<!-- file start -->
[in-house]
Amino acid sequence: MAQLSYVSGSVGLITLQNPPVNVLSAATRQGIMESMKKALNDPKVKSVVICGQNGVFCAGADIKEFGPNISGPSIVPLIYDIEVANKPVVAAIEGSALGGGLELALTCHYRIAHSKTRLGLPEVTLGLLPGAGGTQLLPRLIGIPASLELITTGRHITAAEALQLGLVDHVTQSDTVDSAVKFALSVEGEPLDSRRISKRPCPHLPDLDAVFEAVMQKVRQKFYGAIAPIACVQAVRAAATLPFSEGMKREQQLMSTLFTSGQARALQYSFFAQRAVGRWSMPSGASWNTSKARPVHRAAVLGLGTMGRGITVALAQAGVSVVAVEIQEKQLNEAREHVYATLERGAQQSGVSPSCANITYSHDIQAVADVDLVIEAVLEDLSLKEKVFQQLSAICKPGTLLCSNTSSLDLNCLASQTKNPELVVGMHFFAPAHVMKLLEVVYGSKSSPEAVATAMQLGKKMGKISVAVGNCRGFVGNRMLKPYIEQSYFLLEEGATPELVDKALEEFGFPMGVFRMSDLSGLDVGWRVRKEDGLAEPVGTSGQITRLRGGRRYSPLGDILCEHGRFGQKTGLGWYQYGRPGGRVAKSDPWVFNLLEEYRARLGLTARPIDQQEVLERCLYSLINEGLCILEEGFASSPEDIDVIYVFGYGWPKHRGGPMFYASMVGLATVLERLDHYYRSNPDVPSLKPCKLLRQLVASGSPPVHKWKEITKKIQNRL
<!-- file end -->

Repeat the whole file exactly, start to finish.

[in-house]
Amino acid sequence: MAQLSYVSGSVGLITLQNPPVNVLSAATRQGIMESMKKALNDPKVKSVVICGQNGVFCAGADIKEFGPNISGPSIVPLIYDIEVANKPVVAAIEGSALGGGLELALTCHYRIAHSKTRLGLPEVTLGLLPGAGGTQLLPRLIGIPASLELITTGRHITAAEALQLGLVDHVTQSDTVDSAVKFALSVEGEPLDSRRISKRPCPHLPDLDAVFEAVMQKVRQKFYGAIAPIACVQAVRAAATLPFSEGMKREQQLMSTLFTSGQARALQYSFFAQRAVGRWSMPSGASWNTSKARPVHRAAVLGLGTMGRGITVALAQAGVSVVAVEIQEKQLNEAREHVYATLERGAQQSGVSPSCANITYSHDIQAVADVDLVIEAVLEDLSLKEKVFQQLSAICKPGTLLCSNTSSLDLNCLASQTKNPELVVGMHFFAPAHVMKLLEVVYGSKSSPEAVATAMQLGKKMGKISVAVGNCRGFVGNRMLKPYIEQSYFLLEEGATPELVDKALEEFGFPMGVFRMSDLSGLDVGWRVRKEDGLAEPVGTSGQITRLRGGRRYSPLGDILCEHGRFGQKTGLGWYQYGRPGGRVAKSDPWVFNLLEEYRARLGLTARPIDQQEVLERCLYSLINEGLCILEEGFASSPEDIDVIYVFGYGWPKHRGGPMFYASMVGLATVLERLDHYYRSNPDVPSLKPCKLLRQLVASGSPPVHKWKEITKKIQNRL